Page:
“Through it, we honor not just his individual achievement but his clear embodiment in the common values and beliefs that join us as a people,” Clinton said. “Values and beliefs that he has spent his life advancing. Sen. Dole, a grateful nation presents this award, with respect for the example you have set for Americans today and for Americans and generations yet to come.”

In the years that followed his political career Dole served as national chairman of the World War II Memorial raising funds for its construction. He was a popular spokesperson for Viagra, Visa, Dunkin’ Donuts and along with pop singer, Britney Spears, Pepsi-Cola. He continued to speak out for disabled Americans, and also established The Robert J. Dole Institute of Politics, housed on the University of Kansas campus in Lawrence, Kansas.

In 2007, President George W. Bush appointed him to help lead a bipartisan commission to investigate a neglect scandal at Walter Reed Army Medical Center. Then alongside his wife Elizabeth Dole, in 2012, established the Elizabeth Dole Foundation, which is designed to empower, support and honor the nation’s 5.5 million military caregivers.

Despite his many accomplishments, in 2014 he still attacked the rights of LGBTQ+ Americans to be married. Dole suggested that fellow Republican, Ohio U.S. Senator Rob Portman didn’t support ratifying the Convention on the Rights of Persons with Disabilities because Portman, who had a gay son, had come out in favor of gay marriage, the Daily Beast and other media outlets reported in July of 2014.

Dole also supported former President Donald Trump and endorsed Trump in both the 2016 and 2020 campaigns. In an interview with USA Today conducted for his 98th birthday, Dole said he was “Trumped out”, and that Trump had lost the 2020 election despite his claims to the contrary. “He lost the election, and I regret that he did, but they did”, Dole stated, adding that Trump “never had one bit of fraud in all those lawsuits he filed and statements he made.”

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60 Minutes Archive: Bob Dole (Steve Kroft, 1993)

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GOP VA AG-elect fires dozens of lawyers including in Civil Rights Division

Miyares campaigned promising to refuse to allow coronavirus mitigation including masks & vaccine requirements, despite the surging pandemic

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Virginia’s Republican Attorney General-elect Jason Miyares (Screenshot via Fox News)

By David Badash | RICHMOND – He has yet to be sworn in but Virginia’s Republican Attorney General-elect Jason Miyares has already fired dozens of lawyers, including those working in the Office of Civil Rights, and including those who are not political appointees but career civil servants.

Miyares campaigned on enforcing the law while promising to refuse to allow coronavirus mitigation efforts including masks and vaccine requirements, despite the surging pandemic.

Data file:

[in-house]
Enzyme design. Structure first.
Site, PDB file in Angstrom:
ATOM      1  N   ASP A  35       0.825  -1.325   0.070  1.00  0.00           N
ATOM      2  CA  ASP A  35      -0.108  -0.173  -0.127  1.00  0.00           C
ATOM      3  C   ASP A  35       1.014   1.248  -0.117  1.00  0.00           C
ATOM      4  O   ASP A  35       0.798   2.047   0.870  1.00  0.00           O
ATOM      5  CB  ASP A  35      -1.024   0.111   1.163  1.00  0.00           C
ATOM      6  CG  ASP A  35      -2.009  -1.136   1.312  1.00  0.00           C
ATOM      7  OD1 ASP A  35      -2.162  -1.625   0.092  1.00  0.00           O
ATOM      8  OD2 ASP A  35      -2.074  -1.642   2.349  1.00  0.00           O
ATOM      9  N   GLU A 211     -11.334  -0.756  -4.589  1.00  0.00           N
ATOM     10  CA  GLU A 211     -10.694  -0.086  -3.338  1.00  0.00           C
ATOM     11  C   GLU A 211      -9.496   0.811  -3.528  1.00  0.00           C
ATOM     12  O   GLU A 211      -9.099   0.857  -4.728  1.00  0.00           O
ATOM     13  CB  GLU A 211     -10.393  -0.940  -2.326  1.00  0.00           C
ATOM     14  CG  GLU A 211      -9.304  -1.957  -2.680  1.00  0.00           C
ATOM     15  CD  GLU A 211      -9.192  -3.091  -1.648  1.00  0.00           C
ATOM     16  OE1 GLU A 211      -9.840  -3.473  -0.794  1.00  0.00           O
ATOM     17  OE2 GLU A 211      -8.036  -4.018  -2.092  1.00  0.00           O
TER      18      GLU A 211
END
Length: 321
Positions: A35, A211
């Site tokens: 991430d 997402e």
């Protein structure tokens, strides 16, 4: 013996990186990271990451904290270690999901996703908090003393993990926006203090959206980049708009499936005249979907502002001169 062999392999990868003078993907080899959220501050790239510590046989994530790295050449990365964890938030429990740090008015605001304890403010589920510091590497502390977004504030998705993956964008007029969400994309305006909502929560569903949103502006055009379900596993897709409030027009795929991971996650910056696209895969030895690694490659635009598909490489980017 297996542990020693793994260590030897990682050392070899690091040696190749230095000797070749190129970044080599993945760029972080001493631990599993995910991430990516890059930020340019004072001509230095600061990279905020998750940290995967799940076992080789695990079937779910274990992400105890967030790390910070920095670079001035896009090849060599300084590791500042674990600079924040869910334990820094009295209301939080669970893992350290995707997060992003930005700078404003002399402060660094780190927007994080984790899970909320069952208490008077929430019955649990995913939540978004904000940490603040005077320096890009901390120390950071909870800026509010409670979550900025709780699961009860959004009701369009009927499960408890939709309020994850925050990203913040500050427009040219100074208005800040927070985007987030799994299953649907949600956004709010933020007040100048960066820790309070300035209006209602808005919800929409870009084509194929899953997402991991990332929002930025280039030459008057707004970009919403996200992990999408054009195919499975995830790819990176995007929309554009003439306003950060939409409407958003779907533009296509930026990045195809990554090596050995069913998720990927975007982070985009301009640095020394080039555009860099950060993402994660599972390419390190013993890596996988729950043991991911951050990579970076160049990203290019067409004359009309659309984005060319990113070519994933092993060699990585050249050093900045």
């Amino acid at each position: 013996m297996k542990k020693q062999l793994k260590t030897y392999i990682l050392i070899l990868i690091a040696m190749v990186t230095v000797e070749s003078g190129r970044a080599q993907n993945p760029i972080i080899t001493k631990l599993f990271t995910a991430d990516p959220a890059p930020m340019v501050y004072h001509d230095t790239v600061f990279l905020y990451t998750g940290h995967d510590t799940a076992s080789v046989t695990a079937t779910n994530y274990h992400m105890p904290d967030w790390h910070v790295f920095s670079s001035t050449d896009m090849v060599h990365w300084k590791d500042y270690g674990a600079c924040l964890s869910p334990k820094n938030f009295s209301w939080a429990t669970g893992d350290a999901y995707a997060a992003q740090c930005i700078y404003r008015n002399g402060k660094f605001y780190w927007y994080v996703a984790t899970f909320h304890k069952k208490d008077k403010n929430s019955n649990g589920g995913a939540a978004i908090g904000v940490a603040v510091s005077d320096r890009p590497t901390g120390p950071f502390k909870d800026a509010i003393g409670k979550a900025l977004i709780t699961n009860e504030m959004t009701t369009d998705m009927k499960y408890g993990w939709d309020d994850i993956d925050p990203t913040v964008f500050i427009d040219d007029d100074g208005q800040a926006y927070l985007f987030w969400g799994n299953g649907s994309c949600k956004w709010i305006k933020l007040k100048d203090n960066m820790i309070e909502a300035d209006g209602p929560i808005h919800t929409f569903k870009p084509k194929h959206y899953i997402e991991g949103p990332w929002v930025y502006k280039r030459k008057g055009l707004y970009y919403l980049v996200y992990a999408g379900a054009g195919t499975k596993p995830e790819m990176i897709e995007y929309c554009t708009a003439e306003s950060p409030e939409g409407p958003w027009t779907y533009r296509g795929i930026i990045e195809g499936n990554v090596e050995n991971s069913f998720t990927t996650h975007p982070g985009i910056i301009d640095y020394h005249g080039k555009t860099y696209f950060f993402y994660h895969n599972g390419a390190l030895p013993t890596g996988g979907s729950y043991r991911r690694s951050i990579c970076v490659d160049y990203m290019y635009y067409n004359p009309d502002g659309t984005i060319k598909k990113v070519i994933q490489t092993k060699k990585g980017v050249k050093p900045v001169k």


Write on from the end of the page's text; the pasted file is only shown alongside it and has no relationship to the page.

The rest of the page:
But enforcing the law – certainly specific aspects like civil rights – will be much harder when he is sworn into office on Saturday.

“I’ve been told incoming AG @JasonMiyaresVA just FIRED the entire civil rights division in the Attorney General’s office,” tweeted Virginia Democratic state Senator L. Louise Lucas, the President Pro tempore. “My bill helped create and expand the authority that this division uses.”

“This whole campaign we had to listen to @JasonMiyaresVA whining about local prosecutors choosing not to prosecute certain crimes- then he gets elected and eliminates an entire division dedicated to enforcing civil rights law. Total hypocrisy and it needs to be SEEN,” she added.

It’s unclear if Miyares has fired the entire civil rights division but the Richmond Times-Dispatch reports he has fired 30 attorneys including “Helen Hardiman, an assistant attorney general who focuses on investigating and litigating against housing discrimination in the Office of Civil Rights.”

“I am not a political appointee. I don’t have a political job,” she says, adding she has 20 cases that are in court or going to trial.

“I don’t want those people who have been discriminated against to be left hanging,” Hardiman said. “I also felt like a cursory email with 24 hour notice was unprofessional. And I’m disappointed that the new administration seems to be signaling that they care less about civil rights issues like fair housing than the current administration.”

On his Twitter page Miyares posted numerous platitudes and promises like, “My oath of allegiance is to follow the law, to respect the code of Virginia, and the people of Virginia As AG, I am going to go back to calling balls and strikes and we are going to enforce the law.”

He also posted tweets attacking coronavirus mitigation policies, saying, “no Virginian should be forced to choose between their job and the vaccine.”

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The preceding article was previously published by The New Civil Rights Movement and is republished with permission.

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California Politics

Newsom highlights blueprint investments in infrastructure & transportation

Transportation is the largest source of greenhouse gas emissions, accounting for more than 50% of emissions

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Governor Newsom speaks at Santa Clara Depot which serves Caltrain, the Altamont Corridor Express, Santa Clara Valley Transportation Authority and Amtrak (Photo Credit: Office of the Governor)

SANTA CLARA – Governor Gavin Newsom Thursday touted his California Blueprint’s major investments in transportation and infrastructure while visiting the Santa Clara Depot rail station, highlighting the plan’s $9.1 billion in funding for climate-friendly clean transit projects that will create thousands of jobs.